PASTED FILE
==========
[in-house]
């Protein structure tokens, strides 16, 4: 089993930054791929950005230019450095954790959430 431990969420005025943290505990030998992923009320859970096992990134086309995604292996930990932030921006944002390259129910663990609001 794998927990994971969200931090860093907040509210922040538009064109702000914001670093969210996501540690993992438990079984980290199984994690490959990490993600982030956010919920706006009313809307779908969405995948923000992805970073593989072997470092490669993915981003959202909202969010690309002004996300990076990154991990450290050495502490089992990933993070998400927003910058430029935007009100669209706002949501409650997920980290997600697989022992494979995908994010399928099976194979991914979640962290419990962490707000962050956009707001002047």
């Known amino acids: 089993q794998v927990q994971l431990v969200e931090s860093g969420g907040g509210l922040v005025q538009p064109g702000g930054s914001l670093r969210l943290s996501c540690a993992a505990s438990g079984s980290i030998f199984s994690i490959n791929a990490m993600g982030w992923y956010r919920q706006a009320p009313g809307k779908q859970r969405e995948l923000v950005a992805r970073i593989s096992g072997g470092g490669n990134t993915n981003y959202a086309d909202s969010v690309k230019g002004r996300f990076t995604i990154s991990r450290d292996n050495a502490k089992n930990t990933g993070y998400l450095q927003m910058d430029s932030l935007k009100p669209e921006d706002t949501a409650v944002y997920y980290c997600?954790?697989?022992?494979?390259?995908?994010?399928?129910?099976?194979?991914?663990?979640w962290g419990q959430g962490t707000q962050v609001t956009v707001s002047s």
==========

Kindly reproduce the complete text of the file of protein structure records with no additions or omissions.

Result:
[in-house]
């Protein structure tokens, strides 16, 4: 089993930054791929950005230019450095954790959430 431990969420005025943290505990030998992923009320859970096992990134086309995604292996930990932030921006944002390259129910663990609001 794998927990994971969200931090860093907040509210922040538009064109702000914001670093969210996501540690993992438990079984980290199984994690490959990490993600982030956010919920706006009313809307779908969405995948923000992805970073593989072997470092490669993915981003959202909202969010690309002004996300990076990154991990450290050495502490089992990933993070998400927003910058430029935007009100669209706002949501409650997920980290997600697989022992494979995908994010399928099976194979991914979640962290419990962490707000962050956009707001002047």
């Known amino acids: 089993q794998v927990q994971l431990v969200e931090s860093g969420g907040g509210l922040v005025q538009p064109g702000g930054s914001l670093r969210l943290s996501c540690a993992a505990s438990g079984s980290i030998f199984s994690i490959n791929a990490m993600g982030w992923y956010r919920q706006a009320p009313g809307k779908q859970r969405e995948l923000v950005a992805r970073i593989s096992g072997g470092g490669n990134t993915n981003y959202a086309d909202s969010v690309k230019g002004r996300f990076t995604i990154s991990r450290d292996n050495a502490k089992n930990t990933g993070y998400l450095q927003m910058d430029s932030l935007k009100p669209e921006d706002t949501a409650v944002y997920y980290c997600?954790?697989?022992?494979?390259?995908?994010?399928?129910?099976?194979?991914?663990?979640w962290g419990q959430g962490t707000q962050v609001t956009v707001s002047s």